By Alexander Dallin; Alexander Dallin is the Raymond A. Spruance Professor of International History and director of the Center for Russian and East European Studies at Stanford University | Published: April 24,
1988 THE GORBACHEV PHENOMENON A Historical Interpretation. By Moshe Lewin. 176 pp. Berkeley: University of California Press. $16.95. RUSSIA AND THE WEST Gorbachev and the Politics of Reform. By Jerry Hough. 301 pp. New York: Simon & Schuster. $19.95.
THE Gorbachev era presents major challenges not only to the statesmen in the West who try to deal with the Soviet Union but also to the analysts who try to understand it. Recent developments have, for instance, discredited those who have assumed that the Soviet system could never change in any significant respect.
But Mikhail Gorbachev’s policies have also raised more questions than they have answered: how rofound are the changes, how lasting, how far will they go, and what will be the nature of the system that will emerge as their result? How similar are the reforms – and the resistance to them – to trends elsewhere in the Communist world, from China to Eastern Europe, or, for that matter, to attempts at liberalizing authoritarian systems in Latin America or the Philippines?
Even if the returns are not yet in on many of these and other current questions, we need fresh thinking on what goes on in the Soviet world, and both ”The Gorbachev Phenomenon” by Moshe Lewin and ”Russia and the West” by Jerry Hough help provide it. Mr. Hough, a political scientist at Duke University and the Brookings Institution, and Mr. Lewin, a professor of history at the University of Pennsylvania, are among the leading American analysts of Soviet affairs. Each has made seminal contributions to the interpretation of Soviet life. They both take the recent changes in the Soviet Union seriously. They would agree that the new maturity and complexity of the Soviet economy and society make imperative changes in the way that country is run. And in varying degrees both writers are optimistic about the future.
The events of the past three years in the Soviet Union have brought into focus questions about at least six fascinating relationships: between past and present, state and society, politics and economics, system and individual, equality and efficiency, and ideology and behavior. Both books, though with different emphases, highlight these tensions, which the Soviet reformers will have to take into account.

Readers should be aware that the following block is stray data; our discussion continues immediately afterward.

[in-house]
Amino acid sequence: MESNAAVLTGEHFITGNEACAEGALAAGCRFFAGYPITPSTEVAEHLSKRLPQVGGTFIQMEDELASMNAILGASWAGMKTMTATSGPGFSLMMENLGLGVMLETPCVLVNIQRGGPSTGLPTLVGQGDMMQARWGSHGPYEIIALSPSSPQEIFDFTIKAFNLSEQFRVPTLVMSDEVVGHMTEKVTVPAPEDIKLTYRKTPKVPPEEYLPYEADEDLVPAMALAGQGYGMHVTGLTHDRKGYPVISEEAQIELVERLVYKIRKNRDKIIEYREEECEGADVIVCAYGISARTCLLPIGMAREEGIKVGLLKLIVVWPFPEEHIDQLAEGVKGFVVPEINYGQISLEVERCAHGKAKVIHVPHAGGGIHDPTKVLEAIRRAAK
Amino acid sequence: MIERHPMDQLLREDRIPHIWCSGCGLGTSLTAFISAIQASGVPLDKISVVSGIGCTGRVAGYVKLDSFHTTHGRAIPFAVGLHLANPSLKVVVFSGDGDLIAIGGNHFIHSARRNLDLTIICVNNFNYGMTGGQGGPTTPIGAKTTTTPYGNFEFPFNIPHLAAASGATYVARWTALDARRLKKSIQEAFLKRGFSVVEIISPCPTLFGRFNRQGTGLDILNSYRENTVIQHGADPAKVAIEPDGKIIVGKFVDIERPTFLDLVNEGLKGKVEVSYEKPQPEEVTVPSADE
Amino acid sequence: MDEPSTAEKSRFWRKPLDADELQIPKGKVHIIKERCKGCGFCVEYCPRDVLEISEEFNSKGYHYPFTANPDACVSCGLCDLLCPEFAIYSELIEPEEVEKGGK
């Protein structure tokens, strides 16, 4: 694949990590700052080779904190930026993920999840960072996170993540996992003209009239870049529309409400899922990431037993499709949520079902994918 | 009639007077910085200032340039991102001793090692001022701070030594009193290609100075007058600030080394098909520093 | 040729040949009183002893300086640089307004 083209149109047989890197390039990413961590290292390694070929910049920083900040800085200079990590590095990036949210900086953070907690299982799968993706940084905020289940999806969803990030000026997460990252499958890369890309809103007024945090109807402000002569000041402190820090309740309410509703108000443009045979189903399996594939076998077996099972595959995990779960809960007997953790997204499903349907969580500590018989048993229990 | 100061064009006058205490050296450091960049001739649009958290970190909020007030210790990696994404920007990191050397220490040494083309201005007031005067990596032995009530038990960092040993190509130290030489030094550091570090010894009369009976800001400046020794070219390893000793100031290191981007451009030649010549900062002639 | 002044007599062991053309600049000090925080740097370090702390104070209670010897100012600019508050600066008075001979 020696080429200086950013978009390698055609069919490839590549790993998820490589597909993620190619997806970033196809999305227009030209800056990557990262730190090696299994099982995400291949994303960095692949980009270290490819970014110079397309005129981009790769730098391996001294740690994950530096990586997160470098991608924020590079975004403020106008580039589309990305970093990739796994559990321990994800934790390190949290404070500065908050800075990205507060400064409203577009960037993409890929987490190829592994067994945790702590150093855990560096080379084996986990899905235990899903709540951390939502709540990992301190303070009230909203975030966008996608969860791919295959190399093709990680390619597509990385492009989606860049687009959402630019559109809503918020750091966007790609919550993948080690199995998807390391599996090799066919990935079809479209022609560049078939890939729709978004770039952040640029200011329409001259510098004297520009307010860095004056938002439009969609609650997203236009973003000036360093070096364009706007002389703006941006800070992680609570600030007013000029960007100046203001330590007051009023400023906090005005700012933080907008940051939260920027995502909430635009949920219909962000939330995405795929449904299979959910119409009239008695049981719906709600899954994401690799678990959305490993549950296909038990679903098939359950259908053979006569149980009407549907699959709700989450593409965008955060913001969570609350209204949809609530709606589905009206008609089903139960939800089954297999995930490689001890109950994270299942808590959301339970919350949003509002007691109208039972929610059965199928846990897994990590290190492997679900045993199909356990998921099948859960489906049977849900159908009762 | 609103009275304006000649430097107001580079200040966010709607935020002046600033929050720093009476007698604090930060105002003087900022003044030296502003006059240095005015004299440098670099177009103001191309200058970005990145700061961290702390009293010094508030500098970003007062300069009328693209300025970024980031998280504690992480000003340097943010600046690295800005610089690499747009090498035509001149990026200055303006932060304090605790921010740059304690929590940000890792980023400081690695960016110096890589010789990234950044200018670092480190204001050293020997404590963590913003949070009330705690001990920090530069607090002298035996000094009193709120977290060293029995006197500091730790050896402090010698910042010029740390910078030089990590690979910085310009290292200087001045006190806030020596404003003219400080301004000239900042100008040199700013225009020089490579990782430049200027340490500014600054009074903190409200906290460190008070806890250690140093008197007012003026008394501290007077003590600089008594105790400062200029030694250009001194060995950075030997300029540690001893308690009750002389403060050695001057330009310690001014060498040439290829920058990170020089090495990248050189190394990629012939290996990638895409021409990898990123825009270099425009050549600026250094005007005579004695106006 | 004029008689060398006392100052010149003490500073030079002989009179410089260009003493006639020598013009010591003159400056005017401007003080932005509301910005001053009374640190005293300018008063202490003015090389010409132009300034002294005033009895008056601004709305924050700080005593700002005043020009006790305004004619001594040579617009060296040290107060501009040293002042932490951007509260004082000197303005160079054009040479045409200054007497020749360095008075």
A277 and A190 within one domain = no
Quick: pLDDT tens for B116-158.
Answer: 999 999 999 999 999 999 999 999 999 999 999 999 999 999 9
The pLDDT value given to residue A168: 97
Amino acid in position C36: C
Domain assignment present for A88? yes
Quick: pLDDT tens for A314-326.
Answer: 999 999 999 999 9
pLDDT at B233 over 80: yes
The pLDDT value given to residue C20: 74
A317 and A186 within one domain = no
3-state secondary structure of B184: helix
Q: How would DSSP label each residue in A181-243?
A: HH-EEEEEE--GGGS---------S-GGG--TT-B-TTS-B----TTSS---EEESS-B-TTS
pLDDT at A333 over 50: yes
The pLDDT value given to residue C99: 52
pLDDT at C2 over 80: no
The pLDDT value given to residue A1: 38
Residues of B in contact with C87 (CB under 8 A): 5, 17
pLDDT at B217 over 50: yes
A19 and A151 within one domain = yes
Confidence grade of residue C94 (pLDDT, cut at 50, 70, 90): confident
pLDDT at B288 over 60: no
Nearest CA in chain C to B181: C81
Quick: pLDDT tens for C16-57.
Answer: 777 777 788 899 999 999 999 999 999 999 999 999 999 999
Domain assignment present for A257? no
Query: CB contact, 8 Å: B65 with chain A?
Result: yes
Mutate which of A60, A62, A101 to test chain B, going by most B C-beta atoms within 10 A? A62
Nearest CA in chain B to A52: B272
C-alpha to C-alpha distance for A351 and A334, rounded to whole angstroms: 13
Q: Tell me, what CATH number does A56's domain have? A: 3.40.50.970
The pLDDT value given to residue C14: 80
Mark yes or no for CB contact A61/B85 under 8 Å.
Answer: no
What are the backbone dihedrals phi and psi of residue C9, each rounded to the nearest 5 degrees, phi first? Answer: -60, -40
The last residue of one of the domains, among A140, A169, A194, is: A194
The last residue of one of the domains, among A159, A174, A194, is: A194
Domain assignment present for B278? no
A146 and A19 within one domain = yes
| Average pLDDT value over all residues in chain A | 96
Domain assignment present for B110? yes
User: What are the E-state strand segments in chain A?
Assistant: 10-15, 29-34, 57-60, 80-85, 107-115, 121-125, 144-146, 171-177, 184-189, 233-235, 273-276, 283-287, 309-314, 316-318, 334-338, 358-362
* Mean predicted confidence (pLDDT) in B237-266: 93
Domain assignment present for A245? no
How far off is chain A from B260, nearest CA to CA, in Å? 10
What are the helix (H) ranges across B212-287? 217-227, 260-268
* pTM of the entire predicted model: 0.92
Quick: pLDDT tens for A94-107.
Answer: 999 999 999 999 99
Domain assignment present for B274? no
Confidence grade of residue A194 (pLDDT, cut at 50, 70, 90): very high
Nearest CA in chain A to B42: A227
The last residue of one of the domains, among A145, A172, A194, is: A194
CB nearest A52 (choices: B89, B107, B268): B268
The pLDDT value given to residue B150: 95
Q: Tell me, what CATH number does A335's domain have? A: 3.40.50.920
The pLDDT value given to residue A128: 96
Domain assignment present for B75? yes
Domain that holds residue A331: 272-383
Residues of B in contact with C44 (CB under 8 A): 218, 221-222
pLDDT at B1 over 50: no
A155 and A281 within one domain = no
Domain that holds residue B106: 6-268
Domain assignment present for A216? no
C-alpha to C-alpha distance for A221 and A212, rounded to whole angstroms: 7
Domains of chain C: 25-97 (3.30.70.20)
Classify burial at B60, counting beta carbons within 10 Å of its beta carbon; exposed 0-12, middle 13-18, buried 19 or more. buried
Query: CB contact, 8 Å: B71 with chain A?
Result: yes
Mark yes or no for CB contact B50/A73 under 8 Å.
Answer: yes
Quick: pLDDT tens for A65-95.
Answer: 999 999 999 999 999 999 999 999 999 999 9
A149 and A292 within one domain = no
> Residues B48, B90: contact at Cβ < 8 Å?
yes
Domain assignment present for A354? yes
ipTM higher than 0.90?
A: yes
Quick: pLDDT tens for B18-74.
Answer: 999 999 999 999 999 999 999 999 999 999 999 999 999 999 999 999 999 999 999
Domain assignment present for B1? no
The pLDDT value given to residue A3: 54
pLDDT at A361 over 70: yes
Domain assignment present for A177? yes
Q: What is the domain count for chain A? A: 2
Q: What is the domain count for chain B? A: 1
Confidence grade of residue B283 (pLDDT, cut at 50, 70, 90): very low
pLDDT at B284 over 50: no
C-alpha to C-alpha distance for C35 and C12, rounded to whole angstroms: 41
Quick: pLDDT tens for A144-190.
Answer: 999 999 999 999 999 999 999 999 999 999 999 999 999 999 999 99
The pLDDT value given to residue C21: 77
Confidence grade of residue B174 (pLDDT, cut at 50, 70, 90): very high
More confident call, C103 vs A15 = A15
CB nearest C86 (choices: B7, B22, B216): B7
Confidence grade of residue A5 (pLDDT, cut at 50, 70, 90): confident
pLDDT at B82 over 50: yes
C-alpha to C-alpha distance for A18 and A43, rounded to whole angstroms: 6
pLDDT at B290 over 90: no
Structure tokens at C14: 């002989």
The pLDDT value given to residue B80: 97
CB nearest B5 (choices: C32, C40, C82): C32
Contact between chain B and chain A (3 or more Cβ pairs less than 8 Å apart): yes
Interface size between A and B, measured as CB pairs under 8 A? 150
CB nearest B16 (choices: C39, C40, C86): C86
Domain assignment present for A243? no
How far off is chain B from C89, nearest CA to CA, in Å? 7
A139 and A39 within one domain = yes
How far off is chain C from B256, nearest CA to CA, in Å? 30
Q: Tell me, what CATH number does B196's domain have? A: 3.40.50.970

To what extent, to begin with the first question, does a people’s vast historical experience, including its entrenched institutions, constrain the choices of today? Mr. Gorbachev appears to show how a leader can break away from what have often been considered characteristic Russian patterns of governance, but the resistance – often rooted in personal fears or ideological objections – he encounters in trying to institute economic, cultural and political reforms may well be augmented by widespread unfamiliarity with open, pluralistic and participatory modes. As for the relationship between society and the state, there are indications that it may be changing. As Soviet society has developed since the Revolution of 1917, it has acquired a measure of autonomy from the official structures that the Stalinists had deemed impermissible and that theorists, Communist and anti-Communist alike, had long considered impossible. May we now speak of the emergence of a civil society in Russia? Could the state ever reimpose full control?
The failure of the economic system reopens the question of the relationship between economic and political goals and means. The sorry state of the economy seems to make it clear that what the Soviet Union needs is not only economic reforms but also political, social and cultural change. But is it possible to encourage economic and cultural pluralism while maintaining the framework of a one-party regime?
Historically, the dialectic between the needs of the individual and those of the collective has been complicated in Communist ideology. According to Marx, individual people were to be beneficiaries of the revolution, but in the Stalinist system they were sacrificed to serve the regime’s ends. In Mr. Gorbachev’s scheme, the model is again modified, with the demand for obedience replaced by some recognition of individual choice and initiative – though this carries obvious risks for the Soviet political system as it has existed to date.
THE fifth dilemma that Mr. Gorbachev faces stems from the tension between the empirical discovery that to promote efficiency, innovation and productivity there must be incentives and competition, and the commitment to social justice and equality. While wantonly trampled for much of Soviet history, these values remain high among the principles of many Soviet citizens; yet the present reforms, by encouraging wider disparities in income, may do some violence to them.